Student Double Feature: Courtney Dial and Ahimme Cazarez Review Jennifer Kent’s “The Babadook”

Below are two Lewis University students’ perspectives on the 2014 horror film The Babadook.

Courtney Dial:

http://bit.ly/2oaqnnJ

Raw, creepy, and thought provoking: The Babadook is designed to give the viewer an inside perspective on what depression feels and looks like, and it succeeds. In The Babadook, there is no romanticizing this disease, which is cleverly disguised as Mister Babadook. Jennifer Kent’s first feature-length film was not wasted with this incredible picture. Beautiful cinematography and allegorical expression are used brilliantly to cover a subject that is sometimes kept in the basement, under lock and key.

We are introduced to Amelia Vannick (Essie Davis) and her son Samuel (Noah Wiseman), and instantaneously, due to the superb misè-en-scene, it is painfully obvious that this is a tense household. The feelings that are presented through the use of these elements give such believable verisimilitude that it is hard not to imagine yourself in Amelia’s situation.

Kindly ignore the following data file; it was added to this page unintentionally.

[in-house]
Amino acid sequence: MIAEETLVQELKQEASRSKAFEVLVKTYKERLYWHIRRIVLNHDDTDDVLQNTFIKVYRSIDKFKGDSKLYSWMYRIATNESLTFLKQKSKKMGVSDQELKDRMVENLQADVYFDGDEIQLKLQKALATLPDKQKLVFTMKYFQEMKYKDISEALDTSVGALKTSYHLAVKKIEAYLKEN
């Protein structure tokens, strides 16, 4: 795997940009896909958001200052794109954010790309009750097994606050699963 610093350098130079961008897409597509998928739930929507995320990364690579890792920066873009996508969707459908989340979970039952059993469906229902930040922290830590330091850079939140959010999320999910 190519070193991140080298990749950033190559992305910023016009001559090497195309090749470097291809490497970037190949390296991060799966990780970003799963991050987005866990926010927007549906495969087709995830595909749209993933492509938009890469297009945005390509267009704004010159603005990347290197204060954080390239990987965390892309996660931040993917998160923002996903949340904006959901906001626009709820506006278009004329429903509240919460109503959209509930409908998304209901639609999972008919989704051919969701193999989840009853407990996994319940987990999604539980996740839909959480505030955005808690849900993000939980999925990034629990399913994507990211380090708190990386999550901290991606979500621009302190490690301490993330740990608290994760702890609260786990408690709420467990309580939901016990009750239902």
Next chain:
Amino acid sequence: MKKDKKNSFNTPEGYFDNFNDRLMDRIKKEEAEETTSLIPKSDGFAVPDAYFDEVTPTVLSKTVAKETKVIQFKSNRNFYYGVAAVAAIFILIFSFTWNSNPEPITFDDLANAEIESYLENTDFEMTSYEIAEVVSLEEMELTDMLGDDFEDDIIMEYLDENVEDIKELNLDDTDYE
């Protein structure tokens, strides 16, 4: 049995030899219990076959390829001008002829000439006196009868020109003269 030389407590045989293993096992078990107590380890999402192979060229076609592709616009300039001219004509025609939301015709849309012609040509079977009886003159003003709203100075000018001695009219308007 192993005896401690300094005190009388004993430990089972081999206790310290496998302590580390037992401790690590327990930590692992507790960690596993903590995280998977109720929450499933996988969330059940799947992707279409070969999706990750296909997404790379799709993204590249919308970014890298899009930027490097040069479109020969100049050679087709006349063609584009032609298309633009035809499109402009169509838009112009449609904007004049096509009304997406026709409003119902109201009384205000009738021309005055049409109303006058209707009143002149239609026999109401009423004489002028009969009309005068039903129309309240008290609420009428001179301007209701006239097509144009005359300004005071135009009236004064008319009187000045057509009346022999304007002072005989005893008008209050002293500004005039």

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Review of “The Babadook”

thebabadook

Most horror films today tend to rely on their own literality as the source of their horror. Slasher films like Halloween are good films in their own right, and they do have something to say beyond their main plot, but they always struck me as taking themselves too seriously when it came to the monster.

I didn’t know it, but I wanted something more; a monster that meant something. Jennifer Kent’s The Babadook gave me that something. What, at face value, seems like a simplistic storybook horror tale turns out to be an incredibly refreshing and elegant use of the horror genre to deal with deeply human issues.

SPOILERS AHEAD

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